Write an equation in standard form given point slope form

This equation is now in standard form. We want to find what the value of x is when y equals Negative eight over two is equal to negative four. Well we go from X equals four to X equals six. To do that, we just multiply both sides times X minus four.

point slope formula

Okay, now what? Now from this can we now express this linear equation in y-intercept form? We have the point, sometimes they even put parenthesis like this, but we could figure out the point from this point-slope form.

The answer is to identify what you know and what you want to find out, and see which form uses those terms. Also, when solving systems of equations -- finding the point where two or more functions intersect -- the equations are often written in standard form. One minus nine. And the slope between any two points on a line are going to have to be constant.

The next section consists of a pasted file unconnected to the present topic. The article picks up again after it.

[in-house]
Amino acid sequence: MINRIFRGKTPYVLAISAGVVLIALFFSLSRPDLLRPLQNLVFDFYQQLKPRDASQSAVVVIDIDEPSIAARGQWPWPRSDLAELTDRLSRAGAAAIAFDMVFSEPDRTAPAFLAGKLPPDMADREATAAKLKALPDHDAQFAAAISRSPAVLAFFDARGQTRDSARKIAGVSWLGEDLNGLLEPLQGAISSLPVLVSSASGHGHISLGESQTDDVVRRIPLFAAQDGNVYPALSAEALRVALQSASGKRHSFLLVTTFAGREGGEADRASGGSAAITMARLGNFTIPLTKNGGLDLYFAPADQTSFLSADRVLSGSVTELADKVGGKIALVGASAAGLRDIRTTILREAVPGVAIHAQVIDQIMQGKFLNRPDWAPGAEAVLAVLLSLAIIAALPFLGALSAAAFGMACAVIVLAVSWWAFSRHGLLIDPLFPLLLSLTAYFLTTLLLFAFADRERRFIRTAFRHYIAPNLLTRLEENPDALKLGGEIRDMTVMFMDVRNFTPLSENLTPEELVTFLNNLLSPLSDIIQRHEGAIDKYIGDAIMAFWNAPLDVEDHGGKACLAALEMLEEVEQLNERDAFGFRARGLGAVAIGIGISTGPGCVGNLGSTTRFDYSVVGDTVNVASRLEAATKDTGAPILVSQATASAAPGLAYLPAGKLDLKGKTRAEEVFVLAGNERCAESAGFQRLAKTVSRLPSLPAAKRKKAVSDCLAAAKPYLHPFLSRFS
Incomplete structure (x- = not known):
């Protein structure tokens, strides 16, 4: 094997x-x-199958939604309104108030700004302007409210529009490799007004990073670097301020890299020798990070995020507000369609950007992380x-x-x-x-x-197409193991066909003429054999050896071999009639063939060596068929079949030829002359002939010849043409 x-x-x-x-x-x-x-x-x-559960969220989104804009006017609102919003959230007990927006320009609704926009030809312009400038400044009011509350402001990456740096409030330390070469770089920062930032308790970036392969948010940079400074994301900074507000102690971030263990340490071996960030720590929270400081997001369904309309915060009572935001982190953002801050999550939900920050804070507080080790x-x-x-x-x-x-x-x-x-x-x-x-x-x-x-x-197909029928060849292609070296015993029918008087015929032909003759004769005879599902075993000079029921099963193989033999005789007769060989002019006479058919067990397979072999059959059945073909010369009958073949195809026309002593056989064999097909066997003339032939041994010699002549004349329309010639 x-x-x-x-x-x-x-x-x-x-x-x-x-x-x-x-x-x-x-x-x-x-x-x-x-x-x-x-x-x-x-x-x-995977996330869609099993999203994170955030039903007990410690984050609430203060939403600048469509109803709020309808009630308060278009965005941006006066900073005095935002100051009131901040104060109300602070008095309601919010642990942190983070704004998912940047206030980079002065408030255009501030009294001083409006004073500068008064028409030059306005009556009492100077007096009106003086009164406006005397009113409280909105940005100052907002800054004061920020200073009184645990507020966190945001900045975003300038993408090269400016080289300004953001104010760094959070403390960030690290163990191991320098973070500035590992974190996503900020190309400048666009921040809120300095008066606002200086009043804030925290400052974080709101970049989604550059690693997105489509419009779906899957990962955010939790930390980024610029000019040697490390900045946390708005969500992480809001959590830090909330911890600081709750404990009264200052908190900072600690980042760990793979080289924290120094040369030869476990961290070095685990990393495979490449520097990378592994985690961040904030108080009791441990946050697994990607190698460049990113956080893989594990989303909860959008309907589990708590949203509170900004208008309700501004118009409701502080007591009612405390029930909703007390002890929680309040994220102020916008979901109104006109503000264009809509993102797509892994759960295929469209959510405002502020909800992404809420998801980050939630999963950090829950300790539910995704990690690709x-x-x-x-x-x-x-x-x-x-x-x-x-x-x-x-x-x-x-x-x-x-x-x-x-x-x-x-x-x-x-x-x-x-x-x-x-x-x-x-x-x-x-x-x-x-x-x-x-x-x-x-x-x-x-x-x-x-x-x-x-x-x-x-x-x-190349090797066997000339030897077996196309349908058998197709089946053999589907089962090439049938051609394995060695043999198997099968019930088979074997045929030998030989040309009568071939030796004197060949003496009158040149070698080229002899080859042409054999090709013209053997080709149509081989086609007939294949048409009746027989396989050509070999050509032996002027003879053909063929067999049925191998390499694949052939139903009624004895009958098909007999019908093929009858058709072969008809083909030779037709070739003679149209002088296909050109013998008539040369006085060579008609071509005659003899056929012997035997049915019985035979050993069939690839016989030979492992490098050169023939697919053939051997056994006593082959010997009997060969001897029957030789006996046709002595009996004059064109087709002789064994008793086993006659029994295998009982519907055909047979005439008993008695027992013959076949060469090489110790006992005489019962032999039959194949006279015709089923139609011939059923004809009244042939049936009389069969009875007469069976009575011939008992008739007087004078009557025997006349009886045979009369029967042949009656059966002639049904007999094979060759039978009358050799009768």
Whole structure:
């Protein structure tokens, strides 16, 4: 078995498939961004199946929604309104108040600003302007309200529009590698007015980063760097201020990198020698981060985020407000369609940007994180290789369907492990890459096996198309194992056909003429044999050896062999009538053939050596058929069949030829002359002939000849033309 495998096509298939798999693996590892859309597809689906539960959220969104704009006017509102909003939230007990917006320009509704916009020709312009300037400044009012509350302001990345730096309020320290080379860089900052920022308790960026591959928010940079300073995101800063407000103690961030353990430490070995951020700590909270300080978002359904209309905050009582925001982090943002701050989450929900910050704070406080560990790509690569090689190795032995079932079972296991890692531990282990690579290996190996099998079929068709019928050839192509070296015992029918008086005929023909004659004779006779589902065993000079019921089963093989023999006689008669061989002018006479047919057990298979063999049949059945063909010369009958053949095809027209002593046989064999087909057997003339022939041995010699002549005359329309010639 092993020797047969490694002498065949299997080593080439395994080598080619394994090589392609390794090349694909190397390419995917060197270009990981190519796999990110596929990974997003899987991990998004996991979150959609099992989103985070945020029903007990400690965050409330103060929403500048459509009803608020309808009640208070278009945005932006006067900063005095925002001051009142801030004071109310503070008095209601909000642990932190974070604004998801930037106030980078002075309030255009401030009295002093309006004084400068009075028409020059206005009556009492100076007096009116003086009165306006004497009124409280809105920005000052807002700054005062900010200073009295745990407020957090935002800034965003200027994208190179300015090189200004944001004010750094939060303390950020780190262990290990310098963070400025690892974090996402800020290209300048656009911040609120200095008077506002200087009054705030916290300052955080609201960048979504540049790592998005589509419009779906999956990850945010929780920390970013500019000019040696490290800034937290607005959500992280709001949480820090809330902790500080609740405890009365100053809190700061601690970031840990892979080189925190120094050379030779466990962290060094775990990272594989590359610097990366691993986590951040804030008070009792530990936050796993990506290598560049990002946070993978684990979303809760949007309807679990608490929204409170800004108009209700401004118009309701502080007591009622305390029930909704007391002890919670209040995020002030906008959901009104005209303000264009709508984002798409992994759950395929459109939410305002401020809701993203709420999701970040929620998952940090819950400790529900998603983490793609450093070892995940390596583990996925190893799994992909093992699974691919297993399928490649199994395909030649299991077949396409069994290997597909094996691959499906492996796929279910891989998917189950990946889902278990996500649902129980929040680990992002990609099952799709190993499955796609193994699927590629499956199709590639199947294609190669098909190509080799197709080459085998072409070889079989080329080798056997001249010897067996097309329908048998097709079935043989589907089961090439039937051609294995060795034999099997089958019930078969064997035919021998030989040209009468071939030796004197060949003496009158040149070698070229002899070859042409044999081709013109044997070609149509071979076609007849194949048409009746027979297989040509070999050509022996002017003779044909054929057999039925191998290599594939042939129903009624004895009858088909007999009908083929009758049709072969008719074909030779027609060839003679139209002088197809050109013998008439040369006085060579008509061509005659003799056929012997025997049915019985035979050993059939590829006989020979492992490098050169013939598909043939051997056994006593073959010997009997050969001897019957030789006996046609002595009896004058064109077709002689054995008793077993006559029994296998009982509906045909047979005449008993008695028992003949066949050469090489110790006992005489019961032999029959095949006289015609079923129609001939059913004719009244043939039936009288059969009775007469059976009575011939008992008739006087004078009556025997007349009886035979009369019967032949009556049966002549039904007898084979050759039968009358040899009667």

General form equation

And you could have even done it visually. You can also write an equation in standard form if you're only given two points on a line, although the easiest way to do it is to go through other formats first. We're going to go through these steps: Find the slope. Which is equal to two. And so let's do that. My axis right here, I haven't drawn it high enough, but if I made it even taller and taller and you see this line is gonna intersect the y-axis when Y is equal to, Y is equal to When we subtracted it on the left, we put it in front of the y so it's in our pretty standard form. We have the point, sometimes they even put parenthesis like this, but we could figure out the point from this point-slope form.

Once again, we see the slope right over here and now we can figure out what the y-intercept is. Y minus nine is equal to, well let's distribute this negative four.

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How do you write an equation in standard form given point (